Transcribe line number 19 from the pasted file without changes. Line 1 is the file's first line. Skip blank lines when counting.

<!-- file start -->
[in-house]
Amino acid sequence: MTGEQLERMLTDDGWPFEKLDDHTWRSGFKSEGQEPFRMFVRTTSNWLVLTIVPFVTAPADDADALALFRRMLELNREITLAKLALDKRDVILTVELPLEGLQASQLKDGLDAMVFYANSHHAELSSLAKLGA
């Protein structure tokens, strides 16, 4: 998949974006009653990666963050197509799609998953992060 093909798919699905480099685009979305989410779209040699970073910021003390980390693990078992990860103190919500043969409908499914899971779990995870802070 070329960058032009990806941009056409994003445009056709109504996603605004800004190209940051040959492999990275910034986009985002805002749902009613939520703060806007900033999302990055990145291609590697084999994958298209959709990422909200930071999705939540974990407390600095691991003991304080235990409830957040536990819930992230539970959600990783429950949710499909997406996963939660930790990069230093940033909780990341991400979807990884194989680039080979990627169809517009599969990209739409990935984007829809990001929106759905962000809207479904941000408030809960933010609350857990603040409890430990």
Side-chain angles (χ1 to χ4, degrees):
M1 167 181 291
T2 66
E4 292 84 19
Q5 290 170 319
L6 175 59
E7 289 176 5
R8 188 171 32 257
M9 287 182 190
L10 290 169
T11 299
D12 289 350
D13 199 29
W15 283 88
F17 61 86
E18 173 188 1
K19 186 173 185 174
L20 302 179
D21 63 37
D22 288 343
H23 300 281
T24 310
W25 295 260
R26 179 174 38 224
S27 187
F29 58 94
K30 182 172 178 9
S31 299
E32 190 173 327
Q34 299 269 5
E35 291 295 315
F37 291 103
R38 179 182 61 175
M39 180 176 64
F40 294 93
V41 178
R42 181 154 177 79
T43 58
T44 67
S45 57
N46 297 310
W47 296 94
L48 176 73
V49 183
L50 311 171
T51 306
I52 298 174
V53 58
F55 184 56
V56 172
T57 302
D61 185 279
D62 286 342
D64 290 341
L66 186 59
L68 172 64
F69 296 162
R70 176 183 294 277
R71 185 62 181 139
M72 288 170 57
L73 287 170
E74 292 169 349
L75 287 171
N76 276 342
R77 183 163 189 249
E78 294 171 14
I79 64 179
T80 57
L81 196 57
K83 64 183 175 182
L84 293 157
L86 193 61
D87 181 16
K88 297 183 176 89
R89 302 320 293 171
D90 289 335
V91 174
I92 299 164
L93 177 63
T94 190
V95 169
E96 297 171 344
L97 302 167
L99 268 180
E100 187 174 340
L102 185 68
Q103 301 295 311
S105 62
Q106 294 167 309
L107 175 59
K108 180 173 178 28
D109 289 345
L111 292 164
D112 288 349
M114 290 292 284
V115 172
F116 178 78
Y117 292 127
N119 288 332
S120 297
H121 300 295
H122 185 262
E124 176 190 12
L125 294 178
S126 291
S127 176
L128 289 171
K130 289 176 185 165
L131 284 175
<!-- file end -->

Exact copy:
E18 173 188 1